Debt Management Plan Versus An IVA

- by Sarah Connelly
The 2020 Guide to Debt Management Companies – Chapter 16

Western Circle trading as Cashfloat offers payday loans across the UK. We have already helped thousands of UK residents overcome short term money problems. However, we also aim to help anyone struggling with debt, which is why we have published this guide to debt solutions. In this article, we will discuss the differences between debt management plans and an IVA.

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How do you make the right choice when you are trying to come up with a plan to pay off your debts? There are more than two ways to approach the way that debt can be dealt with but in this instance we will look at the choice between a debt management plan and an individual voluntary agreement. Both of these methods have advantages and disadvantages so how do you know which is the right one for your own personal circumstances?

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Finding A Debt Management Company

The process of starting a debt management plan begins with finding a company or charity to deal with your debt problem. And, this is where many people fail to get it right. When debt has reached unmanageable amounts there are a number of additional problems that may not be initially apparent to the person who owes the money.

Stress and worry can often impair judgement. There is also the fact that many people in the UK are not familiar with the way in which the law is administered when it comes to debt. Mental and physical health can also be affected by debt and all of these factors can be instrumental in making a wrong move when trying to deal with money problems.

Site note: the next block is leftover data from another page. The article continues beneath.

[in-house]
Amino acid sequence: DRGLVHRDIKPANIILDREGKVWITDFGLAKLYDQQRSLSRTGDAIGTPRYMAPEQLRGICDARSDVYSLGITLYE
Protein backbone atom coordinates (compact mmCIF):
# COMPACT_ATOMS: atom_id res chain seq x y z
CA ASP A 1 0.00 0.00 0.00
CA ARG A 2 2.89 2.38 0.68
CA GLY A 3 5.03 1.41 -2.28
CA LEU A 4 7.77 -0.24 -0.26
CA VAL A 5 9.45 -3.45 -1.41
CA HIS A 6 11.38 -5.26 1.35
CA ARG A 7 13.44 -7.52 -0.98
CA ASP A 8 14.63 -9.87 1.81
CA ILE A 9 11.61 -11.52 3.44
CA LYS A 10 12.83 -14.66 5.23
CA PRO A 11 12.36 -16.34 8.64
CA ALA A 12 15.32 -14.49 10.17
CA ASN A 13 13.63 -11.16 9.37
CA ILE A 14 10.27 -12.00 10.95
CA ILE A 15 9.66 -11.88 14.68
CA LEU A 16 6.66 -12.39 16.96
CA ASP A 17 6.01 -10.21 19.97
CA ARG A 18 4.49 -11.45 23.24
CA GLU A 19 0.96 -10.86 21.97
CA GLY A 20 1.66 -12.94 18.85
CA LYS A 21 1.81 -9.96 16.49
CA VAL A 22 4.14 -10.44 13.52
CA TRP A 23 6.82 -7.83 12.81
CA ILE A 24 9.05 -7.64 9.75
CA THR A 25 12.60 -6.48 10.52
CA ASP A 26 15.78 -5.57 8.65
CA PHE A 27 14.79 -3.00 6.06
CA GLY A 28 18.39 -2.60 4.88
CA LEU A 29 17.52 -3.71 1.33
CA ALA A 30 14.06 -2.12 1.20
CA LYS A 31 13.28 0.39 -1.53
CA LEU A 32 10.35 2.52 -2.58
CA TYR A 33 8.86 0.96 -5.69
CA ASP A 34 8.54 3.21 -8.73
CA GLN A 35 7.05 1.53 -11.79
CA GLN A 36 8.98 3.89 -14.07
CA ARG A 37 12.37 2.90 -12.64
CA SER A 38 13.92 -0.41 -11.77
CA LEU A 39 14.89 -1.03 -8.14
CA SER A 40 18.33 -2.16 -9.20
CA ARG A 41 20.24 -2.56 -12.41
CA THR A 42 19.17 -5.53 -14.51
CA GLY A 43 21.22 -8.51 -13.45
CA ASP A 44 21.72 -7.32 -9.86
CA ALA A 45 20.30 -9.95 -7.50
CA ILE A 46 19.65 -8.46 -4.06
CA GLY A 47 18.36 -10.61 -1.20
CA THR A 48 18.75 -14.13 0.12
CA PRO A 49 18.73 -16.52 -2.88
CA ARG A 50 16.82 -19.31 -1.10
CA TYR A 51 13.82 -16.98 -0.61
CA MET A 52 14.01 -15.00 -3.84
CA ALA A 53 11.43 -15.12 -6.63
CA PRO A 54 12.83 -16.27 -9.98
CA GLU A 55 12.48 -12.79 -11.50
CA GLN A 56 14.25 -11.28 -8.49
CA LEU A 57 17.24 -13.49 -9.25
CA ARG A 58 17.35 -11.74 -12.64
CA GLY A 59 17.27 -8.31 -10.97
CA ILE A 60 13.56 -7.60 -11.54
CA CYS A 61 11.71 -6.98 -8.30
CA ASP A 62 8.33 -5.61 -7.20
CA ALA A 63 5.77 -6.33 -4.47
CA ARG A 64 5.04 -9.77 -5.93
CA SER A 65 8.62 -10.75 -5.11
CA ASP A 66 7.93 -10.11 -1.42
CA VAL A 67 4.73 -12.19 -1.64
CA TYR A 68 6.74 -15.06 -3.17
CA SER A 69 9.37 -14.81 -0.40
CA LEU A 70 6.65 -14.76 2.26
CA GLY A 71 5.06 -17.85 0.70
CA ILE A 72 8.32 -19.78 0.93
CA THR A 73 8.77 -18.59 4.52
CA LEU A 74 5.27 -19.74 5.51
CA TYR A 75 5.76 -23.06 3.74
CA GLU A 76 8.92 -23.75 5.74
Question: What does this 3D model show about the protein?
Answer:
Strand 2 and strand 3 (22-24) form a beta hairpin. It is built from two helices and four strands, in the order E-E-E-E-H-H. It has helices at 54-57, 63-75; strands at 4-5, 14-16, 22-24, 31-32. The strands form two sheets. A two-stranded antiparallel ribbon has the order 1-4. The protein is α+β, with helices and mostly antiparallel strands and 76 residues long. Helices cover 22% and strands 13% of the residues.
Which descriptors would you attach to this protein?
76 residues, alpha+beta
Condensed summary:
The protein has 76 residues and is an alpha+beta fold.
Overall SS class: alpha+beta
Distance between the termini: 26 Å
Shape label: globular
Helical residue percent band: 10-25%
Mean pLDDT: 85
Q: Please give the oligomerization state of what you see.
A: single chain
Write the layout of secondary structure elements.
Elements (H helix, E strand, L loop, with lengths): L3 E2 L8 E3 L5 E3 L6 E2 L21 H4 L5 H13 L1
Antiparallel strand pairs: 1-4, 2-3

In circumstances like these you may be tempted to approach the first debt management company that you see in TV adverts. However, it is important to understand that not all debt management companies are the same.

Debt Management Companies And Charities

The difference between a debt management company and a charity is simple. The company charges fees and the charity does not. It is understandable why so many people are drawn towards a company that promises free advice but it is often the case that the free advice will push you towards a debt management plan that is unsuitable and unsustainable.

Imagine being advised that you could cut your monthly payments from several hundred pounds to just a hundred pounds. Who wouldn’t go for it? However, the small print of a debt management plan will tell you how much the company is charging and this could be 15% or more of the amount that you pay each month. A debt management plan that is structured to reduce the monthly payment to an extremely low level will take many years to clear everything that you owe.

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How Does A Debt Management Plan Work?

Research that was conducted just two years ago showed that many people who were paying off their debts through a debt management plan were seeing as much as four fifths of the amount they paid being used for fees to the company. One quarter of those questioned sought further advice about taking on an Individual Voluntary Agreement instead of the debt management plan and this led to some questions about the veracity of the companies involved.

When a debt management plan is being set up, the company will assess exactly how much you can afford to pay off your debts each month. This payment is worked out after taking into consideration how much you need to live on. Then the company contacts all creditors and negotiates a monthly amount for each one.

Think About Using A Charity

The best organisation to approach to set up a debt management plan is one of the charities that perform this service for FREE. You can find a list of debt charities through the money advice websites or ring the National Debtline.

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An Individual Voluntary Agreement – IVA

An IVA is different and is often used as an alternative to going bankrupt. This method of dealing with debts involves the licensed practitioner assessing all of your assets, liabilities, income and essential outgoings. A draft IVA is drawn up and this is sent to all creditors. In order for an IVA to be secured a minimum of 75% of the creditors must agree to the proposal.

How Do These Two Methods Of Dealing With Debt Impact On Your Life?